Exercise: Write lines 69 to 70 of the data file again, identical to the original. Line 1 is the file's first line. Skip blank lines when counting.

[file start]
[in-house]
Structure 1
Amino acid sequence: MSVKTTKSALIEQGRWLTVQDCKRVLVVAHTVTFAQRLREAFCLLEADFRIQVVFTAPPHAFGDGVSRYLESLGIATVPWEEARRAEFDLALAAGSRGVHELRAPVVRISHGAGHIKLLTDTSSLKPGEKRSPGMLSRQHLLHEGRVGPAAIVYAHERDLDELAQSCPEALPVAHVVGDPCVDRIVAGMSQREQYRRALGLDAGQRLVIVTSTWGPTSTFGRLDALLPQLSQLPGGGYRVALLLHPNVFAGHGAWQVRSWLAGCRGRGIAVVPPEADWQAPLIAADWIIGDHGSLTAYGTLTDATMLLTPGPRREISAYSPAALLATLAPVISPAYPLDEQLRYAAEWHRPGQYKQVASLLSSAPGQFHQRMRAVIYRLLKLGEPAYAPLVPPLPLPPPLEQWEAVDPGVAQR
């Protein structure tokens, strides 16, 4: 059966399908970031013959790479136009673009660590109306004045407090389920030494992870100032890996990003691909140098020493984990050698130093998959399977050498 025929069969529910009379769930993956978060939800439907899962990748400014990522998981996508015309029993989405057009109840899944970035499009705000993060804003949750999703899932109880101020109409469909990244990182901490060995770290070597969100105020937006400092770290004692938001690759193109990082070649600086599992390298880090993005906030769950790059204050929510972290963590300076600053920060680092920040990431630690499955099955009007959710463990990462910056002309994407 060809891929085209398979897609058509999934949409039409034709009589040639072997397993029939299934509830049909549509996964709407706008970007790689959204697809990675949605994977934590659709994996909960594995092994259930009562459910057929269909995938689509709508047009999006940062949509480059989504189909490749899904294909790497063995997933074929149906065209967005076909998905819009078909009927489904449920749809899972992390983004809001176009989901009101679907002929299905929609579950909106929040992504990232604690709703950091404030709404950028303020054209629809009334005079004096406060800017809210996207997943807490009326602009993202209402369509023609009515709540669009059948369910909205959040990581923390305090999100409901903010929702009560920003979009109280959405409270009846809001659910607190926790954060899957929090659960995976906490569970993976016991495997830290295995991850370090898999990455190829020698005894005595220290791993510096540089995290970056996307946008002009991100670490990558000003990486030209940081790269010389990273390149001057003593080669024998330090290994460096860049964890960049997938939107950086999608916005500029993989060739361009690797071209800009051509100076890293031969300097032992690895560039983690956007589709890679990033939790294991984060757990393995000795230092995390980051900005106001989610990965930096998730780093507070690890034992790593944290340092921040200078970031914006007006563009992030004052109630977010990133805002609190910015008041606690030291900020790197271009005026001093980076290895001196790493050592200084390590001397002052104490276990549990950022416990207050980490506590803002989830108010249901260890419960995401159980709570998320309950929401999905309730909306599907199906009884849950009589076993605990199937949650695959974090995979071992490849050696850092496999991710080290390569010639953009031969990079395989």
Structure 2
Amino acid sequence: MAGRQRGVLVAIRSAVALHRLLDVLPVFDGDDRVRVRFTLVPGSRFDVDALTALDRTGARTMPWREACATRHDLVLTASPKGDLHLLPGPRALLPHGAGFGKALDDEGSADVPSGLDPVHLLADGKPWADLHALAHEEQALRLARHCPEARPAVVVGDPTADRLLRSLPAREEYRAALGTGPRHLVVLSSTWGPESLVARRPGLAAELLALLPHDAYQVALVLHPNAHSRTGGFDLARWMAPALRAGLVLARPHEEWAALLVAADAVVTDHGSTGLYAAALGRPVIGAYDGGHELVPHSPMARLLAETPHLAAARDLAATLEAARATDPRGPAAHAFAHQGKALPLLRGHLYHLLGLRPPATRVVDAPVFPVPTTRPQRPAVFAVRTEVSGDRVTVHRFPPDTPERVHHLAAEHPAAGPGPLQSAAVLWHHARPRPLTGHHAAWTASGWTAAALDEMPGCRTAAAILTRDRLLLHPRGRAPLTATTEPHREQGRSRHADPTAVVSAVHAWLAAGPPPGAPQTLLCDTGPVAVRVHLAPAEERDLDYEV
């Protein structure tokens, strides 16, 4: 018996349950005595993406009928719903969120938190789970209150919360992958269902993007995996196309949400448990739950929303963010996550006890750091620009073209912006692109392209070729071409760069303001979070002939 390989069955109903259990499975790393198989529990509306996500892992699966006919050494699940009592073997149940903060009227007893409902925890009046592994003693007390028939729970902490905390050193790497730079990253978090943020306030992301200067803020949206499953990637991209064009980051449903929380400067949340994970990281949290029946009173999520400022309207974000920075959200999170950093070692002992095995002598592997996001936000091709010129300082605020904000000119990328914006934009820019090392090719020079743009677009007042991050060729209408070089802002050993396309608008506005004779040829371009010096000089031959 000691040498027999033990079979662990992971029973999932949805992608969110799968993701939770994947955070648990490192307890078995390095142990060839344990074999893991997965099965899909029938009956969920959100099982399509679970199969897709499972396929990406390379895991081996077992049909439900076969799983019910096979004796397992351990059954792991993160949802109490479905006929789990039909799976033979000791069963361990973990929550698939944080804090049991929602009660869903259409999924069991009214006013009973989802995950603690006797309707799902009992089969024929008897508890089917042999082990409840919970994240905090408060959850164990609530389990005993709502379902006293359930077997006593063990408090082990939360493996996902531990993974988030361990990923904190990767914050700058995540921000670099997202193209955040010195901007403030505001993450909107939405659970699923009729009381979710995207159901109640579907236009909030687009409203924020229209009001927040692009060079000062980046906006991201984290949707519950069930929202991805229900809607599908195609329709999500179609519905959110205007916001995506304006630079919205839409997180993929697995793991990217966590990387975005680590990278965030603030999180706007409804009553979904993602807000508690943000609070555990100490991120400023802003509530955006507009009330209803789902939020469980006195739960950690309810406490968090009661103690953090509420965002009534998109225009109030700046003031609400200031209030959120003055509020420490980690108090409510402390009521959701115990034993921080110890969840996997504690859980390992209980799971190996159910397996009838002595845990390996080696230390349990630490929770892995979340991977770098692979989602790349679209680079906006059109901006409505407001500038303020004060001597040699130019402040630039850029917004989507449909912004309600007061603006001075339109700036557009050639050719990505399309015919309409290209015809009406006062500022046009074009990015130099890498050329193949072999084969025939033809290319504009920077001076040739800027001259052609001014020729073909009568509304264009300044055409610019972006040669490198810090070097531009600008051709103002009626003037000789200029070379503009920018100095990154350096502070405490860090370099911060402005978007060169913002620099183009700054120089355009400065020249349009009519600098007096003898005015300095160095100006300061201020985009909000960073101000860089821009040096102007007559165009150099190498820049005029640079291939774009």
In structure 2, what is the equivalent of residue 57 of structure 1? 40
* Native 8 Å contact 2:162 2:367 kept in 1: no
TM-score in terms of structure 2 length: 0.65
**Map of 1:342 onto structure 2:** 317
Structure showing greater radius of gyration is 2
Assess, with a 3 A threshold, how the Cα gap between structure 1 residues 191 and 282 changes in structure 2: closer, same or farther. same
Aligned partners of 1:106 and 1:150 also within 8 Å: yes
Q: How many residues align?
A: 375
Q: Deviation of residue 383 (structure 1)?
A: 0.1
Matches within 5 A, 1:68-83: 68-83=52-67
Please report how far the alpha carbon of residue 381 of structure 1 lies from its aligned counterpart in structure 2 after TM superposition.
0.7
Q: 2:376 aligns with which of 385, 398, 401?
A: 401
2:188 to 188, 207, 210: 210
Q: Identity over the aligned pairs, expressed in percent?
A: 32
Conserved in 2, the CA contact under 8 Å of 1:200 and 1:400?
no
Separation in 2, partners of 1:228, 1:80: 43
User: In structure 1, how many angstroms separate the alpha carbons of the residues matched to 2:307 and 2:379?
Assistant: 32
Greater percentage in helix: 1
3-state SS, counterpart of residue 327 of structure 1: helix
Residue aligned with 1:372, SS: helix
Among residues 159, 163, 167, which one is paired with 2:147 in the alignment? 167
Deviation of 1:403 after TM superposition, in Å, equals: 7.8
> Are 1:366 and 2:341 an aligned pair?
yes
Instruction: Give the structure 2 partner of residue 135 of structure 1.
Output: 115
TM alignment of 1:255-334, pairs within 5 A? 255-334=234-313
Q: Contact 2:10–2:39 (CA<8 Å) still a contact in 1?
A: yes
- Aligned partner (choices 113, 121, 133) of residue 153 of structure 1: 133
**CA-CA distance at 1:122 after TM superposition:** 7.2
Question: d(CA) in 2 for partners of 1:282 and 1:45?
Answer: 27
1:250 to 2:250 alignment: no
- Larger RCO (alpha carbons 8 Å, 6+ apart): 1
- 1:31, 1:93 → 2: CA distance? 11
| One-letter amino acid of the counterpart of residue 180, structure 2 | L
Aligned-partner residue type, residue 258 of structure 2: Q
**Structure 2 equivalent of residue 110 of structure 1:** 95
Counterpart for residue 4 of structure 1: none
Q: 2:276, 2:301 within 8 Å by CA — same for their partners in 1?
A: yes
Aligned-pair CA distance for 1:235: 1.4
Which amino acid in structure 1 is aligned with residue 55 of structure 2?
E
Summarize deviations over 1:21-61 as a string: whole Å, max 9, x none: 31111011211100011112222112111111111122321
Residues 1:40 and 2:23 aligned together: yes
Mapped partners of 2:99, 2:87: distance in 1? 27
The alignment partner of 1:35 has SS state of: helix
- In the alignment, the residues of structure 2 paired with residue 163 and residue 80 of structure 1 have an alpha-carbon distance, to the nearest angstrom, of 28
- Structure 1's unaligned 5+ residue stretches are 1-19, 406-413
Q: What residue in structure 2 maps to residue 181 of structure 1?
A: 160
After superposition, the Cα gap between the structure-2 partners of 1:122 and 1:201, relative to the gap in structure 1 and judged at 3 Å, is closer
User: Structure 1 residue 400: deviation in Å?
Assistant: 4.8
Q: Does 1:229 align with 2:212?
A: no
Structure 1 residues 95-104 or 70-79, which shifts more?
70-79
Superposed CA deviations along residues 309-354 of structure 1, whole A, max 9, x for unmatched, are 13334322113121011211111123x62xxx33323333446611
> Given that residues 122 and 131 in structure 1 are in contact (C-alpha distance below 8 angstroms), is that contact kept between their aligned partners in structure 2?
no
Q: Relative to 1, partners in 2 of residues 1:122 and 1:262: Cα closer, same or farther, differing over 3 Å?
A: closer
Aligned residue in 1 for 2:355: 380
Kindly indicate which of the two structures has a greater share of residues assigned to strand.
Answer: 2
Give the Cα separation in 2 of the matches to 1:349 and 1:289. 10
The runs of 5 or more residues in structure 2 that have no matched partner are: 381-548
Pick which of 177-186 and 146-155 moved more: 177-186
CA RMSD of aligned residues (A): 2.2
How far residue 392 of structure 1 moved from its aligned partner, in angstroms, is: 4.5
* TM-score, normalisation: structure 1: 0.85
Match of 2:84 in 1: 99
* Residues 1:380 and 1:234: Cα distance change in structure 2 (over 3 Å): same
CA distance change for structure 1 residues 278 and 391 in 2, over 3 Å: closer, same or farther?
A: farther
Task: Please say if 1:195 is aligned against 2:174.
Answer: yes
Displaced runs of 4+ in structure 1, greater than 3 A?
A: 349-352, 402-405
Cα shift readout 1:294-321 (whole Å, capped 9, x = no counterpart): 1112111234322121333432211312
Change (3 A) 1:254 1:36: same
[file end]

User: Structure 1 residue 400: deviation in Å?
Assistant: 4.8